My vision remains imperfect. Not only is it slightly distorted (although it appears to be healing, but verrrrrry slowly), the surgery has caused or accelerated the development of a cataract in the eye, making my vision blurry. Despite some souped up glasses, things are not back to normal, although I can do pretty much everything except read really small print on the TV screen. I’m even playing soccer again, with goggles, and a “no heading” policy. I’m back to the retinal doctor on Friday for another report, and some guidance as to when I might be able to arrange to have the cataract removed, to bring me closer to my pre-damage vision. 

I know that Kkafa wrote about this song in February, 2019, but it seemed like the right one. It’s a good song—probably the first Jackson Browne song I heard (I think back in my sleep away camp radio days), and still probably my favorite. It isn’t about eye surgery, but instead about a man who has suffered, but comes to accept his fate. So, maybe it works for my situation, anyway. It also features David Crosby and Graham Nash on harmony. 

One positive thing was that because of COVID, most doctors and hospitals only took emergency cases, and I qualified, so I probably got treated a little faster than I might have had there been no pandemic. And I got a COVID test—which was negative, not that that means anything now.

Monday, November 30, 2020

No Thanks-Lonely Holiday

Old 97’s
: Lonely Holiday


For a long time after I started writing for this blog back in 2011, I tried not to repeat artists, but eventually I stopped worrying about that, because sometimes a song by an artist I had already written about called to me. And it shouldn’t be surprising that I’d want to write about bands that I like. So, I hope that you overlook the fact that not only is this the fifth time that I’ve written about the Old 97’s here, but this is actually the third song off of their great Fight Songs album that I’ve highlighted. You can read the last time I wrote about the band and album here, and it links to the three other times I’ve featured them.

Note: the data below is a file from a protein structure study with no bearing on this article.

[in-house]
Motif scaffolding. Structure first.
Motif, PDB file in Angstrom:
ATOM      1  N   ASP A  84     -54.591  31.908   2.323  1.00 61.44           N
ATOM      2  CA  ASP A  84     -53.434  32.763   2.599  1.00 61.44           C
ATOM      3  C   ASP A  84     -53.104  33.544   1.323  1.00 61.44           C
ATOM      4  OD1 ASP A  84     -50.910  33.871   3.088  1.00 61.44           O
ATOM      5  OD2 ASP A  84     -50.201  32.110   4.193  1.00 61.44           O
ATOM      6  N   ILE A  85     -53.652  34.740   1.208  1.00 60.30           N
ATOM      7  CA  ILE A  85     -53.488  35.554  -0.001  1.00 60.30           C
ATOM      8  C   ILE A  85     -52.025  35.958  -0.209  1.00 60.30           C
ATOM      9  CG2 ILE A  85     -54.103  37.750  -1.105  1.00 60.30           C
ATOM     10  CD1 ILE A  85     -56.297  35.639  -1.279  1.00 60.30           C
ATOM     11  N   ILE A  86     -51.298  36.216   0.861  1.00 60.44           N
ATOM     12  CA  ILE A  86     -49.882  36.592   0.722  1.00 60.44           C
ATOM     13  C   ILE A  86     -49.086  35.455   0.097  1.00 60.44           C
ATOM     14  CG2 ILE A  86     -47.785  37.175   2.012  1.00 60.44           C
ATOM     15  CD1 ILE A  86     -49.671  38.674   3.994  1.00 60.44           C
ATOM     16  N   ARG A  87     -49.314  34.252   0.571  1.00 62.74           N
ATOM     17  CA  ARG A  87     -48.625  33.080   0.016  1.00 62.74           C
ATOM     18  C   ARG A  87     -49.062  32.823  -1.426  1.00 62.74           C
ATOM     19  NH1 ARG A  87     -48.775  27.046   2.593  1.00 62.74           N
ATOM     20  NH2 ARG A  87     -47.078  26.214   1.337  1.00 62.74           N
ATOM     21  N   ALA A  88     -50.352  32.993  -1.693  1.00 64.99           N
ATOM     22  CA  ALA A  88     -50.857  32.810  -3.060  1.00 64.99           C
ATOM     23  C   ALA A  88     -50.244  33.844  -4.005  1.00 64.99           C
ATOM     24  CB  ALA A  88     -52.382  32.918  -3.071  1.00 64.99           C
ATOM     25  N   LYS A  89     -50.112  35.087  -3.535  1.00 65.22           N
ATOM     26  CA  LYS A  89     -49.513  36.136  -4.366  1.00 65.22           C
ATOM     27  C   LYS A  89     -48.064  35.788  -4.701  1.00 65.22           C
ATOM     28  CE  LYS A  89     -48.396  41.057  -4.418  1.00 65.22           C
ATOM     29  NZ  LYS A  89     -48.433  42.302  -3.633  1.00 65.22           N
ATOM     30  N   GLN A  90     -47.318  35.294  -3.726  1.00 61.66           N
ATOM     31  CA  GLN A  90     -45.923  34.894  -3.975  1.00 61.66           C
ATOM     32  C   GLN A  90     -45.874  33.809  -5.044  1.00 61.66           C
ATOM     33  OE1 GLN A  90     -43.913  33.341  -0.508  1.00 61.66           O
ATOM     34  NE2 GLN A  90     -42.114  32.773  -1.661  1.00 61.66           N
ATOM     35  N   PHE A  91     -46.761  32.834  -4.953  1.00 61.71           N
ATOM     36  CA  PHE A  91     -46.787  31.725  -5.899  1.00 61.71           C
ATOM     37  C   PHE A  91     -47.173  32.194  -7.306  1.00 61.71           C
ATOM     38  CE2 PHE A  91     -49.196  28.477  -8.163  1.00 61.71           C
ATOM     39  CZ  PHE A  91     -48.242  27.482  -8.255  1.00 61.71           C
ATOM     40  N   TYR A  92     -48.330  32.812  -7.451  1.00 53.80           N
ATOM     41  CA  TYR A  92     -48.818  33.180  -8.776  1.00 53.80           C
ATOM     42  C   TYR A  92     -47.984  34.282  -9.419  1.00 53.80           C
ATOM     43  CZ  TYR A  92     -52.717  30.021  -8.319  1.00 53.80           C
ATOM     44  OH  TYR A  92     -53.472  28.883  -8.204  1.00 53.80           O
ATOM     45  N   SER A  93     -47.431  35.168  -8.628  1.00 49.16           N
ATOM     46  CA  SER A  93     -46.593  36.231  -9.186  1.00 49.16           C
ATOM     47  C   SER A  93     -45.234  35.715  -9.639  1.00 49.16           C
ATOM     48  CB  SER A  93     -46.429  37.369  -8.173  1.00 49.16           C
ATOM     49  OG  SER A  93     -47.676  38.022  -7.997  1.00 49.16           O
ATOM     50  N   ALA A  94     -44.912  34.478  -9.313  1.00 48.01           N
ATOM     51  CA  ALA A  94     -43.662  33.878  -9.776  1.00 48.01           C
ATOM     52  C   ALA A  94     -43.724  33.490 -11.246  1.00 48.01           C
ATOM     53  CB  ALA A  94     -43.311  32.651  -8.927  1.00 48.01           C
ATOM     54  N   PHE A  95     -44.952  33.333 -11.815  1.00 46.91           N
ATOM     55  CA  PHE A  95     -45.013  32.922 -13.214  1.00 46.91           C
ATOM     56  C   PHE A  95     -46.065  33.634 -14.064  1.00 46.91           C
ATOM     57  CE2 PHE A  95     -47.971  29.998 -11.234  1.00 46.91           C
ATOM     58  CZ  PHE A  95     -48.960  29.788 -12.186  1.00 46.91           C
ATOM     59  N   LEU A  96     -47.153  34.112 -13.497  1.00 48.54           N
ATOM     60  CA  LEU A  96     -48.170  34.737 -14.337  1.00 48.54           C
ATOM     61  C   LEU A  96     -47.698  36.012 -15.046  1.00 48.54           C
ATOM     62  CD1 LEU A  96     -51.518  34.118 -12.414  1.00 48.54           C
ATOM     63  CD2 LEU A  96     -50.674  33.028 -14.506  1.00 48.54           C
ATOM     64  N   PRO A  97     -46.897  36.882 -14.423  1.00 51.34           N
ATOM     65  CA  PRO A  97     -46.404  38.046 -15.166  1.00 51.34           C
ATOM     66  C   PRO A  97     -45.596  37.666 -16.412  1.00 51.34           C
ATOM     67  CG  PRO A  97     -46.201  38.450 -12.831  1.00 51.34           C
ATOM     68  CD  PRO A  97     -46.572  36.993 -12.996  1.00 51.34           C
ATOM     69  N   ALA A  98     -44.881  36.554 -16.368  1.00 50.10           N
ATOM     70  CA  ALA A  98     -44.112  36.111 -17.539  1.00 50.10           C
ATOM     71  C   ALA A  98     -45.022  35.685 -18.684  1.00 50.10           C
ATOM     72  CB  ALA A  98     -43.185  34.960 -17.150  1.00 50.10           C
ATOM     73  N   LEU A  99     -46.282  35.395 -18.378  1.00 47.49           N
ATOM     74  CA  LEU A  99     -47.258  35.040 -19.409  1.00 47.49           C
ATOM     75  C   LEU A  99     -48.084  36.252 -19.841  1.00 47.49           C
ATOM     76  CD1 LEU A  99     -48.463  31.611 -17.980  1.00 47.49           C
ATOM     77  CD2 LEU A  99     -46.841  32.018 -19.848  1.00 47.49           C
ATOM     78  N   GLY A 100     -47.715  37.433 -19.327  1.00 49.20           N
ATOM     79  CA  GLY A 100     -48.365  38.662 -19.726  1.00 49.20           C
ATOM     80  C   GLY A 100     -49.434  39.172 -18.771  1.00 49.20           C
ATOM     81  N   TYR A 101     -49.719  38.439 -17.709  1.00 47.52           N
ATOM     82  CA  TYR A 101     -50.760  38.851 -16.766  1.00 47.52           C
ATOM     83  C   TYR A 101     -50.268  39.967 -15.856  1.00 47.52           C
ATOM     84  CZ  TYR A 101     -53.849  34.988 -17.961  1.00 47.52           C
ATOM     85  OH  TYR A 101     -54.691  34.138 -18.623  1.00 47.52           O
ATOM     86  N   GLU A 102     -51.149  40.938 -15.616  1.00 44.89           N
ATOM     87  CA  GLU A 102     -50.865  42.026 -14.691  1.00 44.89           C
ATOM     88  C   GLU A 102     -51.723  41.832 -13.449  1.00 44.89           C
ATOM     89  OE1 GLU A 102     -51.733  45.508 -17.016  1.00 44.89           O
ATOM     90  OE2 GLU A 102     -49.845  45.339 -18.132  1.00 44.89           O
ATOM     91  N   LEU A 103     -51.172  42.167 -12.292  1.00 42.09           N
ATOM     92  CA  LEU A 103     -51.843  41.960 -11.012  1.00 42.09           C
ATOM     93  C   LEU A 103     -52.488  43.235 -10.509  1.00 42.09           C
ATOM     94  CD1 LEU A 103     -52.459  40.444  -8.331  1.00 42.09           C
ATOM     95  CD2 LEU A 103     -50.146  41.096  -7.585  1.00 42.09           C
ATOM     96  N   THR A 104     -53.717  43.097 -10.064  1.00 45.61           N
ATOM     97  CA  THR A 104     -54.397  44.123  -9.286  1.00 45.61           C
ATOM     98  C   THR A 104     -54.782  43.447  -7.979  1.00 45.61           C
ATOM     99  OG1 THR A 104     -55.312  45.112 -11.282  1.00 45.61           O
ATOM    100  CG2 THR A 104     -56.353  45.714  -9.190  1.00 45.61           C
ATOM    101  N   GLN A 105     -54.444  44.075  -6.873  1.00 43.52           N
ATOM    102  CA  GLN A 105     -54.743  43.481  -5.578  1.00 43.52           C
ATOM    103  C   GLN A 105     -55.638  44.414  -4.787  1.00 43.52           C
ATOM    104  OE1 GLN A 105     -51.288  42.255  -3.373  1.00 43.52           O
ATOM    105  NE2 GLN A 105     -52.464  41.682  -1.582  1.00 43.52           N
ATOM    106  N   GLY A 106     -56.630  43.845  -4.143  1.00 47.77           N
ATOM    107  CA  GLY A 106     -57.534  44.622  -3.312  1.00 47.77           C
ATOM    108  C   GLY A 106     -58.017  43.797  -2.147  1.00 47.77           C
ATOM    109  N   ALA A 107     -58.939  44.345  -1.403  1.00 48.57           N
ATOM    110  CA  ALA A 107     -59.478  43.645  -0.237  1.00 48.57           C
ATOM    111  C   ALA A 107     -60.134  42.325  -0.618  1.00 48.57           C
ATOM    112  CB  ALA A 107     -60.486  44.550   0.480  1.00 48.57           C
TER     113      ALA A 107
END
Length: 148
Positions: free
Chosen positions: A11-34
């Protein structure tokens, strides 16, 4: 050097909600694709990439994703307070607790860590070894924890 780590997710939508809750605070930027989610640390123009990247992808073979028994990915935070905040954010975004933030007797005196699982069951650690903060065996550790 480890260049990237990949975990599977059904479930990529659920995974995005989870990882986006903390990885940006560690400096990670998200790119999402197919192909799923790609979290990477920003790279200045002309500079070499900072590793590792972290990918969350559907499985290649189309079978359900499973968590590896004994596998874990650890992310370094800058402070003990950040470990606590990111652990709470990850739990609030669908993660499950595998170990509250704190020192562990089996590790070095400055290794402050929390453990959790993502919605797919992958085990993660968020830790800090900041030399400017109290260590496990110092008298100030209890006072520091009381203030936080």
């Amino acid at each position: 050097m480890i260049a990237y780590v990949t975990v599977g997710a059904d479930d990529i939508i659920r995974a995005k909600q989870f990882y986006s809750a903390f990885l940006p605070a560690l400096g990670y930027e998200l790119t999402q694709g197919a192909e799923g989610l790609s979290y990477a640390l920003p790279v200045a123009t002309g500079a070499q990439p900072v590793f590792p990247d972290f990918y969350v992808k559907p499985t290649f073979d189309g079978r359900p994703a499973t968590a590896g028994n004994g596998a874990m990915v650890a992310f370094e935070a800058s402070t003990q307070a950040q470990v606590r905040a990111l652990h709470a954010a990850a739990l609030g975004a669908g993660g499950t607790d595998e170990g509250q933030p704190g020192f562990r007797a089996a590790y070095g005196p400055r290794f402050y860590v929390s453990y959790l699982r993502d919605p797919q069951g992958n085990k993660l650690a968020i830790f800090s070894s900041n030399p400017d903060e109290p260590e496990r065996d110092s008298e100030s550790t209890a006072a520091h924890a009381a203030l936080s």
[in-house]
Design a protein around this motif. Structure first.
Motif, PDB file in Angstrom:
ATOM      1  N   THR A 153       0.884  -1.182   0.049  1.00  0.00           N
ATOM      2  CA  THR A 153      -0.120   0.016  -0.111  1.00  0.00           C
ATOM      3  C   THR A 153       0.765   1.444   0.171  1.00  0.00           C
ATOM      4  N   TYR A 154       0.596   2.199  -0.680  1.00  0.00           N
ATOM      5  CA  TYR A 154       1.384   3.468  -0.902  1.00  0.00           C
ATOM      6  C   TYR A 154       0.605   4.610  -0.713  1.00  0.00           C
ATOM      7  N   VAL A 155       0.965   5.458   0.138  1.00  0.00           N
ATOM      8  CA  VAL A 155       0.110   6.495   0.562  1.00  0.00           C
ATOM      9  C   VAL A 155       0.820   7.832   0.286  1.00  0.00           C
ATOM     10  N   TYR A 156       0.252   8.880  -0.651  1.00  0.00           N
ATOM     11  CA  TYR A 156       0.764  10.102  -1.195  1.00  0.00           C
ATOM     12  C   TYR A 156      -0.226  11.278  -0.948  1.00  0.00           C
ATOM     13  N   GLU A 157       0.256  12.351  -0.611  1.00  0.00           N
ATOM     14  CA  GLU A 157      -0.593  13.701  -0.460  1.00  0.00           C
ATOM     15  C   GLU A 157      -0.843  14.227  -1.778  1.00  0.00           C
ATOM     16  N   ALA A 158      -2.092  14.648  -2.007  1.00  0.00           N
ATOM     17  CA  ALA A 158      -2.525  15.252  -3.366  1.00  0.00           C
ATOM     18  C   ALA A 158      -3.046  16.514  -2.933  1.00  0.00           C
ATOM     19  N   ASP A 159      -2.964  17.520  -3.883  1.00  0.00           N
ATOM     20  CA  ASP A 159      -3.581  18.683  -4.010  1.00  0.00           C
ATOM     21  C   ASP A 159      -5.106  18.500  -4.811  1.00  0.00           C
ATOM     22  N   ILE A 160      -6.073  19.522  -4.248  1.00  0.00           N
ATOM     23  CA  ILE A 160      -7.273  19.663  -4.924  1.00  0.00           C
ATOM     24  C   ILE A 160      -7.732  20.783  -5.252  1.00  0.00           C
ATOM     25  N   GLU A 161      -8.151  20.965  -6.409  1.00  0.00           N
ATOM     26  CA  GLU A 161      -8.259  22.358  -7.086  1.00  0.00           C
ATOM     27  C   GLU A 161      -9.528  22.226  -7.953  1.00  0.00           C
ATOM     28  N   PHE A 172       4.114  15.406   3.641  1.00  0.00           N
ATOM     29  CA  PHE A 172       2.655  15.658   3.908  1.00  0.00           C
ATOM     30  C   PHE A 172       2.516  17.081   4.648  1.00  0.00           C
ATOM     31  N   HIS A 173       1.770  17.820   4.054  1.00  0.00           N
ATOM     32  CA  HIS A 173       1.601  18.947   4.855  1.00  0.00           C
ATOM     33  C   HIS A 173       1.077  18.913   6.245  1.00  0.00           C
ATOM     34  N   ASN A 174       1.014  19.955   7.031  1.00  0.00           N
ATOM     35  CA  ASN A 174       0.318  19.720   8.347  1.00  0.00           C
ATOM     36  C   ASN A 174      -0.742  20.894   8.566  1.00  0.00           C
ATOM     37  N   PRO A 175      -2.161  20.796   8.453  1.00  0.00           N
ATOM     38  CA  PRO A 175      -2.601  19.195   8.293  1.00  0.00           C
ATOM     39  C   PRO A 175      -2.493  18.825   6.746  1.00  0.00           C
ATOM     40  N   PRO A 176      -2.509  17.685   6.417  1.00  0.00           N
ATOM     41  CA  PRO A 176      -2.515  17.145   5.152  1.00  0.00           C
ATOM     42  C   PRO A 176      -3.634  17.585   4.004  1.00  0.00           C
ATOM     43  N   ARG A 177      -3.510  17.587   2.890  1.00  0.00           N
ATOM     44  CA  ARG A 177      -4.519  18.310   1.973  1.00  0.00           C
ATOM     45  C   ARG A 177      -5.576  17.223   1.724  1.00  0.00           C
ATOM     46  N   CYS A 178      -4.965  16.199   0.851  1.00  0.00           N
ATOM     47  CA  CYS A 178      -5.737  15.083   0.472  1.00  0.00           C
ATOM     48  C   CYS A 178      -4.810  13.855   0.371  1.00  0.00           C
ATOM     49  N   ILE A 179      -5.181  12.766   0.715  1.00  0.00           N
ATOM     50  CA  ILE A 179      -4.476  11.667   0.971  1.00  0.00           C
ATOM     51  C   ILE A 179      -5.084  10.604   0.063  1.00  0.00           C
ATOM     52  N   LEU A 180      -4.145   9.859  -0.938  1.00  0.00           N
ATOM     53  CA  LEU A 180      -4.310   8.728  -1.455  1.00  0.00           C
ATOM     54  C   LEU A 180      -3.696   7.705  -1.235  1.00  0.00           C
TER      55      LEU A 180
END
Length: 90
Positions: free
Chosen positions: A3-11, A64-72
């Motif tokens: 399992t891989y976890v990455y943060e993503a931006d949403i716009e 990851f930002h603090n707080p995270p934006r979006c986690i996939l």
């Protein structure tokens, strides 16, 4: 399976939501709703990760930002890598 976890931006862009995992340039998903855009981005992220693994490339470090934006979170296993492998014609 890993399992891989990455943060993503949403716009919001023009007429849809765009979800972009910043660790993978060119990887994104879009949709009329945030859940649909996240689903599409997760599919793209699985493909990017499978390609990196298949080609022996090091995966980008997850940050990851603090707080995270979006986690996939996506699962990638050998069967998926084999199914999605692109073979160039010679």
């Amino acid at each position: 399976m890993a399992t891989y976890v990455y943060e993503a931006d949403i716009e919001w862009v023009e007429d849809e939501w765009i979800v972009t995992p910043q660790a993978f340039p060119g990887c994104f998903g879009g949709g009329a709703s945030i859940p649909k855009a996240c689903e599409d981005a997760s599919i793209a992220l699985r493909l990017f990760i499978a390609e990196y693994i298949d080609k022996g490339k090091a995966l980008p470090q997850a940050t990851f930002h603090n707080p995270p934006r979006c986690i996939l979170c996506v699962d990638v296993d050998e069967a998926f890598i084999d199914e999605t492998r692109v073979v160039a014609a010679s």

It goes without saying that we just finished the strangest Thanksgiving in a long time—maybe ever. If you want to read more about the history of the holiday—which, like so much else in our country is tied to the Civil War—read this post by the great Heather Cox Richardson. 

I’ve also written about my family Thanksgiving traditions, which were mostly blown up this year by COVID-19. Instead of a big family dinner at our house, my wife and I cooked almost as much food as we usually would, but sat down to dinner on Thursday as a couple. On Friday, we brought a bunch of leftovers to my mother-in-law for a socially distanced lunch, met my mother, brother and a nephew at a restaurant for dinner under a tent on the way back, and on Saturday, my son and daughter-in-law visited for another socially distanced meal of leftovers. Between the three meals, and the care packages distributed to our family members, we actually don’t have an enormous amount of food left over. 

So, while in some sense, it was a lonely holiday, we made the best of it. But “No Thanks,” to this sort of serial celebration, and I can’t wait until we can gather together as a family to celebrate. I’m pretty sure that Christmas will also be a lonely holiday. 

At this point, I really don’t have much more to say about the album. The song is a very typical Old 97’s song, in which a peppy melody is used to deliver some dark lyrics--this time about about loneliness, suicide and love. 

I’m going to switch things up here, and keep it short, and not get into politics.